The thought of the Adventurer caused her mind to swerve sharply off at a tangent. Where he had piqued and aroused her curiosity before, he now, since last night, seemed more complex a character than ever. It was strange, most strange, the way their lives, his and hers, had become interwoven! She had owed him much; but last night she had repaid him and squared accounts. She had told him so. She owed him nothing more. If a sense of gratitude had once caused her to look upon him with—with—She bit her lips. What was the use of that? Had it become so much a part of her life, so much a habit, this throwing of dust in the eyes of others, this constant passing of herself off for some one else, this constant deception, warranted though it might be, that she must now seek to deceive herself! Why not frankly admit to her own soul, already in the secret, that she cared in spite of herself—for a thief? Why not admit that a great hurt had come, one that no one but herself would ever know, a hurt that would last for always because it was a wound that could never be healed?

A thief! She loved a thief. She had fought a bitter, stubborn battle with her common sense to convince herself that he was not a thief. She had snatched hungrily at the incident that centered around those handcuffs, so opportunely produced from the Adventurer's pocket. She had tried to argue that those handcuffs not only suggested, but proved, he was a police officer in disguise, working on some case in which Danglar and the gang had been mixed up; and, as she tried to argue in this wise, she tried to shut her eyes to the fact that the same pocket out of which the handcuffs came was at exactly the same moment the repository of as many stolen banknotes as it would hold. She had tried to argue that the fact that he was so insistently at work to defeat Danglar's plans was in his favor; but that argument, like all others, came quickly and miserably to grief. Where the "leak" was, as Danglar called it, that supplied the Adventurer with foreknowledge of the gang's movements, she had no idea, save that perhaps the Adventurer and some traitor in the gang were in collusion for their own ends—and that certainly did not lift the Adventurer to any higher plane, or wash from him the stigma of thief.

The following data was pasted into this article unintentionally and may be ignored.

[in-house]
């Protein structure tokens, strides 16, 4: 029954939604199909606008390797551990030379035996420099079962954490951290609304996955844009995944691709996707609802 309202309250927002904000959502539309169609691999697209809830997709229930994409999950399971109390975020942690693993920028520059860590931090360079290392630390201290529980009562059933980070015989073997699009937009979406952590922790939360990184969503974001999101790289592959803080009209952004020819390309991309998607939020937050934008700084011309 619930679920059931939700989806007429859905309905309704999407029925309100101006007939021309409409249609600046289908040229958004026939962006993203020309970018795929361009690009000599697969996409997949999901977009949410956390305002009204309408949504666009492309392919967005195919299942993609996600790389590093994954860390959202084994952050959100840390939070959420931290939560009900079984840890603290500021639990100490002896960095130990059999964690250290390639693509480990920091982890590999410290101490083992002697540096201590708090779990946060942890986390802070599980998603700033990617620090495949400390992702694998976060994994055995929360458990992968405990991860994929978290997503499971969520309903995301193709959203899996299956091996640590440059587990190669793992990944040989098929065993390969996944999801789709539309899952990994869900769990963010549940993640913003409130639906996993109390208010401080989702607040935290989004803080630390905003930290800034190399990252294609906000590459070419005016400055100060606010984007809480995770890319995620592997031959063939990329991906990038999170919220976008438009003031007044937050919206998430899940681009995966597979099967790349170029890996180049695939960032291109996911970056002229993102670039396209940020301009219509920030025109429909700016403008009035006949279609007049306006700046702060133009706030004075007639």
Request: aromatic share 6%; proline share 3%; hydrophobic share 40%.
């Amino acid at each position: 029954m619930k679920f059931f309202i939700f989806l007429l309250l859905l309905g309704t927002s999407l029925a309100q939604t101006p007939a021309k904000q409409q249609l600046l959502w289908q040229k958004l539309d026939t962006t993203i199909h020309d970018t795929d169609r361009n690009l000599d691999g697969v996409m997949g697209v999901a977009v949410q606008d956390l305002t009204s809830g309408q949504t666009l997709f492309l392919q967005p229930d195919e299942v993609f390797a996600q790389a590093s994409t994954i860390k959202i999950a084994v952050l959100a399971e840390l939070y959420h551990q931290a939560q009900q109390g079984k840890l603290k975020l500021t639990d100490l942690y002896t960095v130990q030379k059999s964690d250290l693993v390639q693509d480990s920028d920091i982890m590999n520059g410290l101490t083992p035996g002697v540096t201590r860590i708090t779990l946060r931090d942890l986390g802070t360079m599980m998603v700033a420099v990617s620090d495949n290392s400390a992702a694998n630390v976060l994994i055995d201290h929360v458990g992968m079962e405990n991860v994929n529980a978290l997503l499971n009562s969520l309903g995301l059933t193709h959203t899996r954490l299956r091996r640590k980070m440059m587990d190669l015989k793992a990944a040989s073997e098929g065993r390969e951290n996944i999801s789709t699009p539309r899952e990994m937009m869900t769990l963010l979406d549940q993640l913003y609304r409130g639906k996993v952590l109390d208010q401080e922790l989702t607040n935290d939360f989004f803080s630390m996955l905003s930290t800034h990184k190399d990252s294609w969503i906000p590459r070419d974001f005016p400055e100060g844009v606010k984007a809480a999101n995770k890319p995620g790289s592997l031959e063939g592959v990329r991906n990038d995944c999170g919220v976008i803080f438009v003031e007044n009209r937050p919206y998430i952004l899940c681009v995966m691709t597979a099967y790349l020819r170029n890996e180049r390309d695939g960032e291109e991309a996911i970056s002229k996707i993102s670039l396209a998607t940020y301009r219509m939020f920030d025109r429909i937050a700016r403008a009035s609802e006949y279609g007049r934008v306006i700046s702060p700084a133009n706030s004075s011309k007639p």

She clenched her hands. It was all an attempt at argument without the basis of a single logical premise. It was silly and childish! Why hadn't the man been an ordinary, plain, common thief and criminal—and looked like one? She would never have been attracted to him then even through gratitude! Why should he have all the graces and ear-marks of breeding? Why should he have all the appearances of gentleman? It seemed a needlessly cruel and additional blow that fate had dealt her, when already she was living through days and nights of fear, of horror, of trepidation, so great that at times it seemed she would literally lose her reason. If he had not looked, yes, and at times, acted, so much like a thorough-bred gentleman, there would never have come to her this hurt, this gulf between them that could not now be spanned, and in a personal way she would never have cared because he was—a thief.

Her mental soliloquy ended abruptly. She had reached the narrow driveway that led in, between the two blocks of down-at-the-heels tenements, to the courtyard at the rear that harbored Shluker's junk shop. And now, unlike that other night when she had first paid a visit to the place, she made no effort at concealment as she entered the driveway. She walked quickly, and as she emerged into the courtyard itself she saw a light in the window of the junk shop.